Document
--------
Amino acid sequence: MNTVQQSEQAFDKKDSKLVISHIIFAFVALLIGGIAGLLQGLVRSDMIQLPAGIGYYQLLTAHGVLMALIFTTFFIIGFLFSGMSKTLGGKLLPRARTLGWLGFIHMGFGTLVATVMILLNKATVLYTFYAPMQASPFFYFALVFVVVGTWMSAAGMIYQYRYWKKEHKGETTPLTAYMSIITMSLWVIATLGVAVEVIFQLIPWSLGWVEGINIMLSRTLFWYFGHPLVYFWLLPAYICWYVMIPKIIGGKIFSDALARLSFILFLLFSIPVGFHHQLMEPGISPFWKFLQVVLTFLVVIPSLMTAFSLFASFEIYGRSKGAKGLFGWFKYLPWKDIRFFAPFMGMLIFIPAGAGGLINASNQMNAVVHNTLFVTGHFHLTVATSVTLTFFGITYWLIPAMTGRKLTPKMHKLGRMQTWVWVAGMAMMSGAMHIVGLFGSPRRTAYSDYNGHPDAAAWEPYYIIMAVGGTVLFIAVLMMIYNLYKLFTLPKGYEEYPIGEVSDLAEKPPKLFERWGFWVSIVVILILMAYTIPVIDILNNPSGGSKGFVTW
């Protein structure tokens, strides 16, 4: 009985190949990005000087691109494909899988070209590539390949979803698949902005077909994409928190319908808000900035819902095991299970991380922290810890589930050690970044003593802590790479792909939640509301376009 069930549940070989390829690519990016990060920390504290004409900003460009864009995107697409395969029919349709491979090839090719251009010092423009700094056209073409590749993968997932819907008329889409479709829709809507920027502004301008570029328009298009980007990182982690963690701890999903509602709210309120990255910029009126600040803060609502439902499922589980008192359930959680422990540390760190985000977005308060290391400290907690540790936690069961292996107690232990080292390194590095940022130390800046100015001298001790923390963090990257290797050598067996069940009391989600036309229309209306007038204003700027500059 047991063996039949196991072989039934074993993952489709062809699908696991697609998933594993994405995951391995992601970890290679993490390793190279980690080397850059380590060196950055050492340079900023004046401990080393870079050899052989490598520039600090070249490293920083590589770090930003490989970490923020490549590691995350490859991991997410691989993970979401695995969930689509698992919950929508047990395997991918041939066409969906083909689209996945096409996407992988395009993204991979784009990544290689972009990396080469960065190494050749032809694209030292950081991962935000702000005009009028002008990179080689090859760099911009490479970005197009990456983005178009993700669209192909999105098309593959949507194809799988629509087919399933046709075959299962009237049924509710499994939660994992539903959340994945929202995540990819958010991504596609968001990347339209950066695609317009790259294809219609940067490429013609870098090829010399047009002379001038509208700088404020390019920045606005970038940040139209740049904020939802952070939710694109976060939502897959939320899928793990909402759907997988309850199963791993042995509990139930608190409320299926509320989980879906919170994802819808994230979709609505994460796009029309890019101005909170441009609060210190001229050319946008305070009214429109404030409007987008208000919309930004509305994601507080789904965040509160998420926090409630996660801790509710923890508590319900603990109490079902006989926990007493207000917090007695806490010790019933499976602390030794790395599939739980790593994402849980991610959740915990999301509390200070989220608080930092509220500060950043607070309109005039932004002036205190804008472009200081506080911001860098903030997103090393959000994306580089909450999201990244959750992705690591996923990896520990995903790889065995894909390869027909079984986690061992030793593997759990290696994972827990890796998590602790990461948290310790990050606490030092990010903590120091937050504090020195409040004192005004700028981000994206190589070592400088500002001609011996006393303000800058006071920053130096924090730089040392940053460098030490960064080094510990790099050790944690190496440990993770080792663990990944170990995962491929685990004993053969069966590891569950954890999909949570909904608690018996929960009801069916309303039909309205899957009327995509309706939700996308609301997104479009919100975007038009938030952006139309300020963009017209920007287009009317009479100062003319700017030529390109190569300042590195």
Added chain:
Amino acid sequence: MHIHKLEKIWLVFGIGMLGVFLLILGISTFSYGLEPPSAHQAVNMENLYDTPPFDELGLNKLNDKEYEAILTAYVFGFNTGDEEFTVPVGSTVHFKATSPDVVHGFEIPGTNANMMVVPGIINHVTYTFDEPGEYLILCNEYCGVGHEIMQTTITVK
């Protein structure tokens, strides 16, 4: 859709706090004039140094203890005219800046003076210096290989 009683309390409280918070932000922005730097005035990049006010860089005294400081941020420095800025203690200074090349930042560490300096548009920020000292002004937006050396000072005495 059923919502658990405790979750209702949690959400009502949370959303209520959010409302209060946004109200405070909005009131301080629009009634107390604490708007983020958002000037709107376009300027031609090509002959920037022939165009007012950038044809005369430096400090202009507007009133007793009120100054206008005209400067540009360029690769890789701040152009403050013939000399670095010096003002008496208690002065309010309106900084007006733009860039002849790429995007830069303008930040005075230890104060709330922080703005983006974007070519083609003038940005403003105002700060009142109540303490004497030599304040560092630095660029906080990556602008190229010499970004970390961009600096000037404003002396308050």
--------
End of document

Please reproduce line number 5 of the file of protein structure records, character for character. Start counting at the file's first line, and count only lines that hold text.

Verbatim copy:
């Protein structure tokens, strides 16, 4: 859709706090004039140094203890005219800046003076210096290989 009683309390409280918070932000922005730097005035990049006010860089005294400081941020420095800025203690200074090349930042560490300096548009920020000292002004937006050396000072005495 059923919502658990405790979750209702949690959400009502949370959303209520959010409302209060946004109200405070909005009131301080629009009634107390604490708007983020958002000037709107376009300027031609090509002959920037022939165009007012950038044809005369430096400090202009507007009133007793009120100054206008005209400067540009360029690769890789701040152009403050013939000399670095010096003002008496208690002065309010309106900084007006733009860039002849790429995007830069303008930040005075230890104060709330922080703005983006974007070519083609003038940005403003105002700060009142109540303490004497030599304040560092630095660029906080990556602008190229010499970004970390961009600096000037404003002396308050």